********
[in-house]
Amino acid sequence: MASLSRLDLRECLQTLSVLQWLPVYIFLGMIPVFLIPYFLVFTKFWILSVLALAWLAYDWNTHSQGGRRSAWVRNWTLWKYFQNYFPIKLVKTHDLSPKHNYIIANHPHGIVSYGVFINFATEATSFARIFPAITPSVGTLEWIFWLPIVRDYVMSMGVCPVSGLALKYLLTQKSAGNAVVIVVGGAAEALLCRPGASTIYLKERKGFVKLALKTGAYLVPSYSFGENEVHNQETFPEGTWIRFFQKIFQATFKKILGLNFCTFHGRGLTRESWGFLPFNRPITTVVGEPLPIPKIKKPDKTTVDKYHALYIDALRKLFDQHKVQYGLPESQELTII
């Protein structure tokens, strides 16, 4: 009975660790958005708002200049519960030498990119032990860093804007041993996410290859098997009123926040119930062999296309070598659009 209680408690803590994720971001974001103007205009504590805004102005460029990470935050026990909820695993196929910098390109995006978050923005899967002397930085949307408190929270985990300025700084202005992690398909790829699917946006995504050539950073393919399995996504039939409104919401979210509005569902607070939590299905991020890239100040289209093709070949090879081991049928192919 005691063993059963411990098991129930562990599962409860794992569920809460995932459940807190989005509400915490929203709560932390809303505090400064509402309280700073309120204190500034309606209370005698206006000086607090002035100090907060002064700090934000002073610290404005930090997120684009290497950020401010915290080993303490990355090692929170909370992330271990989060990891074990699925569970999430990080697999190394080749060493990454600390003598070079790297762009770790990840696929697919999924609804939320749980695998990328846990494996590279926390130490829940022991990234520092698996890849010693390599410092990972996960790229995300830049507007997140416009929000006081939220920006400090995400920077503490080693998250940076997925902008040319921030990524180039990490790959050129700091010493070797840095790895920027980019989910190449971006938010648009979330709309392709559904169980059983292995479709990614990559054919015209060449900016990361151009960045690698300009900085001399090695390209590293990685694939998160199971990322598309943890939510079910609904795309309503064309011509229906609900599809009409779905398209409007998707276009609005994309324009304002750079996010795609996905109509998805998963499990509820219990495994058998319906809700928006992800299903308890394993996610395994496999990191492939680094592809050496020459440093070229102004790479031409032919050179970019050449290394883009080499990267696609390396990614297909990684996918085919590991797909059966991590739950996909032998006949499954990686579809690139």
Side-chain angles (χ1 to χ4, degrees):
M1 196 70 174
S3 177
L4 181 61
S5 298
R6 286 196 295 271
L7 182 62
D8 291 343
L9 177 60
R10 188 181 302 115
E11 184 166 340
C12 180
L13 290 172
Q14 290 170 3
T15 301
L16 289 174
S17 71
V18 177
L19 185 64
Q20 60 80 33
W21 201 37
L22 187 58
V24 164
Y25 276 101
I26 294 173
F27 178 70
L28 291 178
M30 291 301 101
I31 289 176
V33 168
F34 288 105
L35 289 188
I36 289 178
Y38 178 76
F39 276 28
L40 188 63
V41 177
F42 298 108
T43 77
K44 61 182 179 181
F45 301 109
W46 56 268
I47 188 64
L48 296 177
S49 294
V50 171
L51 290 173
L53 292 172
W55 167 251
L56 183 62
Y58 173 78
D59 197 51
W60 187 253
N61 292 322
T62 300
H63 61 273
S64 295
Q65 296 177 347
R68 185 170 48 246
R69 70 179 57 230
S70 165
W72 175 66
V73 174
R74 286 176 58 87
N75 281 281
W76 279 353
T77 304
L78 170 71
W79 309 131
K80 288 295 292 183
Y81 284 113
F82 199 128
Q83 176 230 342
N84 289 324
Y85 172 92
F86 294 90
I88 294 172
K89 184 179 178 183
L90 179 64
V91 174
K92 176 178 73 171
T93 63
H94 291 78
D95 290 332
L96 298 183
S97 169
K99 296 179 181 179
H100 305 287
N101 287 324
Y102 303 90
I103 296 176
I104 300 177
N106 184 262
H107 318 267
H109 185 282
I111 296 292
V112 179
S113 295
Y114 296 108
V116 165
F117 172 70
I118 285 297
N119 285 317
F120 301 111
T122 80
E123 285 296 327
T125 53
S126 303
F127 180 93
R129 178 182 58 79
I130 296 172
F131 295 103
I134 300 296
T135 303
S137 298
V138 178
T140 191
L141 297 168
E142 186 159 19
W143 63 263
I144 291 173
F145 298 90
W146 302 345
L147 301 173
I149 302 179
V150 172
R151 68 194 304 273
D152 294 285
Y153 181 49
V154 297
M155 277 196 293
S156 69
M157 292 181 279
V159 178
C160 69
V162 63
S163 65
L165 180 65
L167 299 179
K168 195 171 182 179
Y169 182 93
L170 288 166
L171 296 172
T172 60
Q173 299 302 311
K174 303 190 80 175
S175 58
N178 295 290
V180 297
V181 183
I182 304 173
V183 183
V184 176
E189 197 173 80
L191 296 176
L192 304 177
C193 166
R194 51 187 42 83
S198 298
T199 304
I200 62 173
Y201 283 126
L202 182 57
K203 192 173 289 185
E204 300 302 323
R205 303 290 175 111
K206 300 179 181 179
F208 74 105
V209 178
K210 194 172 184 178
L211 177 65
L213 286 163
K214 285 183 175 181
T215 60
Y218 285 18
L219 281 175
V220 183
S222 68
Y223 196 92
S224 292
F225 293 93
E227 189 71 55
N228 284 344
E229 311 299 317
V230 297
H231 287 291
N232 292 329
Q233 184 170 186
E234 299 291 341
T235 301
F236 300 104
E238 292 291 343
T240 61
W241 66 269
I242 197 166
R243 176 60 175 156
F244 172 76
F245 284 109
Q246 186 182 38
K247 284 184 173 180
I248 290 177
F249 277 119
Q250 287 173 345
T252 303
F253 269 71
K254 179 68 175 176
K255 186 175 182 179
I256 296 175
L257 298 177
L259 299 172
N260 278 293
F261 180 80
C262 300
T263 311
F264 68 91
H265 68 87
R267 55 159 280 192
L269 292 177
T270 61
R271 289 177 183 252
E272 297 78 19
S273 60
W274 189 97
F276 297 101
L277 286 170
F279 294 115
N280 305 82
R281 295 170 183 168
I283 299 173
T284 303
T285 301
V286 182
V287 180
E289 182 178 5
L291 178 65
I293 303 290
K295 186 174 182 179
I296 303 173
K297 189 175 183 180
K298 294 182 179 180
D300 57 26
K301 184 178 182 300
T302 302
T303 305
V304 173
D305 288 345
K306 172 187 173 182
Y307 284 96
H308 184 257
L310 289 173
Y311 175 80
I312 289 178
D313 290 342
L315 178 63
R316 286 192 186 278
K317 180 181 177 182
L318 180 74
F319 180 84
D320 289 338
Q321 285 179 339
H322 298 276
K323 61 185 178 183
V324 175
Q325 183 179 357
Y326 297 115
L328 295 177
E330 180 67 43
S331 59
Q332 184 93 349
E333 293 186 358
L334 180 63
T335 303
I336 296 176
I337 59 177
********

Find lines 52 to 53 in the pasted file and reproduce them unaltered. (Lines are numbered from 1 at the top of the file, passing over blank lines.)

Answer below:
W55 167 251
L56 183 62